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History of Jeanne Panne

Jeanne was the daughter of Jan de Deyster and Cathelijne Goossen. It is not unimportant to mention that Jan de Deyster was designated as a magician in Sint-Joris.
Jeanne de Deyster marries with Jan Panne in 1617. Jan Panne was a baker and had a shop in the Sinte-Mariestraat, the present Recollettenstraat. It was a fertile marriage. Jeanne bore eleven children.
Jeanne was not uneducated. She was a smart trader who did not consider a tax evasion on wheat as a major offence.
Her husband died when she was in her early fifties. She lost ten of her children, they all died a natural death. In 1650 only Joorkin was still alive. Nature had not spoiled her either. She had birthmarks at the temples and at her thigh, her body showed traces of abscesses and under her right eyebrow she had a "red round spot".
In 1648, Jeanne Panne was just about to remarry Frans de la Banst from Pervijze. The banns had already been taken out and the turtledoves celebrated this with candlelight. She got up and without saying a word she went to her shop in the dark, staying there for a while. She came back in the room and stammered to her fiancée that the spirit of her late husband would make her dumb, if she should get married again. The wedding did not take place.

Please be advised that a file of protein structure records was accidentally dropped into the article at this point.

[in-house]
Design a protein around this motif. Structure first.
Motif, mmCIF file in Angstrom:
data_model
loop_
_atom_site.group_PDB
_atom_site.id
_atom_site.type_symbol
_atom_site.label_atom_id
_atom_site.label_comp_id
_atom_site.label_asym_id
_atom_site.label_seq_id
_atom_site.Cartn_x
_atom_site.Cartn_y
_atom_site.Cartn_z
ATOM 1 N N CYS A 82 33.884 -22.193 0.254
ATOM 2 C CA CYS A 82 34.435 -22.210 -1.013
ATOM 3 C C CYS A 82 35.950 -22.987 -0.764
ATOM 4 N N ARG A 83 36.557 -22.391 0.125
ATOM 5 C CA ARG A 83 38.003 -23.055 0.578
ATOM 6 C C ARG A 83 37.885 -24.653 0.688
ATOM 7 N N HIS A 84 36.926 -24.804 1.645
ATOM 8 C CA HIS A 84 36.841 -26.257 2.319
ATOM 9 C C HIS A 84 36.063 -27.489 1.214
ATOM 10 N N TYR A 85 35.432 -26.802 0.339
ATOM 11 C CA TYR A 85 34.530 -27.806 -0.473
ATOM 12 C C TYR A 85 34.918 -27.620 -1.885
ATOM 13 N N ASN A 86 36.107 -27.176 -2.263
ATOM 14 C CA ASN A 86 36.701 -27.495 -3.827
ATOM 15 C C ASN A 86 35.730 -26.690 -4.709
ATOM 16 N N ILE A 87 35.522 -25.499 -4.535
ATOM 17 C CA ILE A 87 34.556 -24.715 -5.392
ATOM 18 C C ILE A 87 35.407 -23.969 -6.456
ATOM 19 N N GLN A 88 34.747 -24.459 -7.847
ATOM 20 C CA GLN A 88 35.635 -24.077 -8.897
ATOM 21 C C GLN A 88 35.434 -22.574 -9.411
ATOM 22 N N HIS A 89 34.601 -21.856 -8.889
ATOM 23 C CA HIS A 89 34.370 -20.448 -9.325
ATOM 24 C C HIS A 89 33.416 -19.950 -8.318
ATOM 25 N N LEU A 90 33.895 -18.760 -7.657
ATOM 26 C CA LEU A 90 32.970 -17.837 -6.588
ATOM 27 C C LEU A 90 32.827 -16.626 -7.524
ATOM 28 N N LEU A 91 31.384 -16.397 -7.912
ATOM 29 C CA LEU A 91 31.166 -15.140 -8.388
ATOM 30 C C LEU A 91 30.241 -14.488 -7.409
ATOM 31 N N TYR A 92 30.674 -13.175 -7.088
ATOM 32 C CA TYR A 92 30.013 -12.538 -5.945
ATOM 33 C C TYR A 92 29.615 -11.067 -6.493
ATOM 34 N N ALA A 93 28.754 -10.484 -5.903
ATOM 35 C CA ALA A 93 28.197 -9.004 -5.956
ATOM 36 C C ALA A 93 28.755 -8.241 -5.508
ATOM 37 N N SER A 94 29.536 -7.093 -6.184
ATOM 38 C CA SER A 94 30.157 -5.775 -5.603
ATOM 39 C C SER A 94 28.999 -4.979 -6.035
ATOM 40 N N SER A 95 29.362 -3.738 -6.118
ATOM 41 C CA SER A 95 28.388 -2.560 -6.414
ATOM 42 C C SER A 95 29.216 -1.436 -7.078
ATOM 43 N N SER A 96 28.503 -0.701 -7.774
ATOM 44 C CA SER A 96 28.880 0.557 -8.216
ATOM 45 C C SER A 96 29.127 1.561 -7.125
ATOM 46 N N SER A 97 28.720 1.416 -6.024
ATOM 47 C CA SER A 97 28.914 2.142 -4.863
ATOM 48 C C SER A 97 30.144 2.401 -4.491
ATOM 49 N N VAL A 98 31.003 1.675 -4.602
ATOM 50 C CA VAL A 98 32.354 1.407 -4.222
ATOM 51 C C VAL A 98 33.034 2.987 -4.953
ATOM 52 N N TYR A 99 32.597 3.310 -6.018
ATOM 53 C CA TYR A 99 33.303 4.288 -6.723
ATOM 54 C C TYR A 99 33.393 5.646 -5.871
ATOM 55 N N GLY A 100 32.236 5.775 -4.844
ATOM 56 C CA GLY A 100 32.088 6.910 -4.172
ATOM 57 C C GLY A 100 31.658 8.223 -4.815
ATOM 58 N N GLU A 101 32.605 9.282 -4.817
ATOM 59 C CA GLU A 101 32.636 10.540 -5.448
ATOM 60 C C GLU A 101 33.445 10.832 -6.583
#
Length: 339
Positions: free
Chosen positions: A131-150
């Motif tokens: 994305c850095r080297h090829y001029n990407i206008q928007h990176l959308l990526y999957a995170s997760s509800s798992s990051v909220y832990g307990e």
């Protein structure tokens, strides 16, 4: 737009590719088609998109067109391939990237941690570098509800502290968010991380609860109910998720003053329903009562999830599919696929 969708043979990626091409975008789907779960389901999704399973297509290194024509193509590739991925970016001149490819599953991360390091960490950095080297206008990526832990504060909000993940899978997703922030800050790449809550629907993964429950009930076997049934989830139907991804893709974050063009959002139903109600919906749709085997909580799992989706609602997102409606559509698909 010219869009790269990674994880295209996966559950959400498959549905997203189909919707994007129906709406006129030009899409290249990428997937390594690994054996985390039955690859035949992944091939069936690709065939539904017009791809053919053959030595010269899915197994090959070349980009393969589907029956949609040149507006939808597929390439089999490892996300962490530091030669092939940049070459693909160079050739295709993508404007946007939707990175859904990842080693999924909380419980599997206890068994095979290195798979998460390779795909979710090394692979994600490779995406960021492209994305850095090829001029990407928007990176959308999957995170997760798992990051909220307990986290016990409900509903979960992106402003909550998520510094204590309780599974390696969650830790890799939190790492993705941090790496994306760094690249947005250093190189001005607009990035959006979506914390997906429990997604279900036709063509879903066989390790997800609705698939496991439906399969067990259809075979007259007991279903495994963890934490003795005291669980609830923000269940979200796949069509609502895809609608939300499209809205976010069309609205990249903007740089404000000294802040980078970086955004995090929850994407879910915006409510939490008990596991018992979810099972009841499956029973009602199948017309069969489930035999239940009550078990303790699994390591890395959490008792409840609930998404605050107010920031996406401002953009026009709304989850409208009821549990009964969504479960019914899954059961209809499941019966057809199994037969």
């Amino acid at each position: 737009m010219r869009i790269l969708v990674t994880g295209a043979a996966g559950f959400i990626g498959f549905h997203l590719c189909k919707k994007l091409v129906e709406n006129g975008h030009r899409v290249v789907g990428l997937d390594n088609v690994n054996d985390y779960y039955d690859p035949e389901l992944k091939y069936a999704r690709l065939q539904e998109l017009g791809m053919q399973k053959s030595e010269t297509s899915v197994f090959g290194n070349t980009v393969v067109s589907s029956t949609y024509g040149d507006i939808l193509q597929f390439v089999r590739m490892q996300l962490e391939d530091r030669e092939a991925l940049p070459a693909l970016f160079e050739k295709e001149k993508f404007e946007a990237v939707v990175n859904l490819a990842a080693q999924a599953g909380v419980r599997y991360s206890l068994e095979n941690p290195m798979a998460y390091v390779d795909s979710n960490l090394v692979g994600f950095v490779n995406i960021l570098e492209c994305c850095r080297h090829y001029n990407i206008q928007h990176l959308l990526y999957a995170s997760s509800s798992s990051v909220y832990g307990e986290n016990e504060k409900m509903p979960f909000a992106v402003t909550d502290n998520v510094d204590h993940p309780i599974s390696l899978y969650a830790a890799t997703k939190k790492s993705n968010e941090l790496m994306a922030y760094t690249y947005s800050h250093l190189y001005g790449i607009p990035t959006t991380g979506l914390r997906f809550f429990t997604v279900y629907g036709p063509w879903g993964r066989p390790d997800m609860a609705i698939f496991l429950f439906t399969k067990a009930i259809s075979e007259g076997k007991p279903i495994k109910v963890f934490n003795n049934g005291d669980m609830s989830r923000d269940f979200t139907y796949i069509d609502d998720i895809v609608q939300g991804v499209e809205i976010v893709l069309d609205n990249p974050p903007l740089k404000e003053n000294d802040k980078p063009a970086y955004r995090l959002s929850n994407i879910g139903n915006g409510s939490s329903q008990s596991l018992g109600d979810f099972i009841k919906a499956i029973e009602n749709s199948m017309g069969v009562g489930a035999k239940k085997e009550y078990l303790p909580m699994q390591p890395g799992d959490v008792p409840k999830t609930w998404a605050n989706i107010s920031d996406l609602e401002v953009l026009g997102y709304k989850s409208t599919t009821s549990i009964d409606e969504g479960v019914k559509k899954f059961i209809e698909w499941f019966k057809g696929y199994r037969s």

There is no doubt that Jan Jacobs and the mother of Ryckewaert Schroo accused Jeanne Panne to be a witch. Both Ryckewaert Schroo and the daughter of Jan died (both ill) after a visit of Jeanne.
After her arrest on 10th May 1650 the mayor and the municipal councils sent her to the rack. Before she was put in the collar on 12th May, she was examined by a certain master Andries “exploicteur criminele der stede Brugge”, who found a red spot under her right eyebrow being insensitive to the needle stitches he gave her. The stigma diabolicum, the sign that Jeanne Panne had closed a pact with the devil, was found. After a last attempt to exorcize her, Jeanne is placed into the collar at 11.00 in the evening.
After she had sworn on the Holy Cross to renounce to the devil and begged for the grace of God, Jeanne Panne was freed from the collar on 13th May 1650. On the 14th she confirmed “libre ende buuten torture” her confessions. Still on the same day she was condemned to the stake. The verdict was carried out on 16th May 1650. The costs of the trial were charged to the condemned woman and her properties were confiscated.


Historic Evocation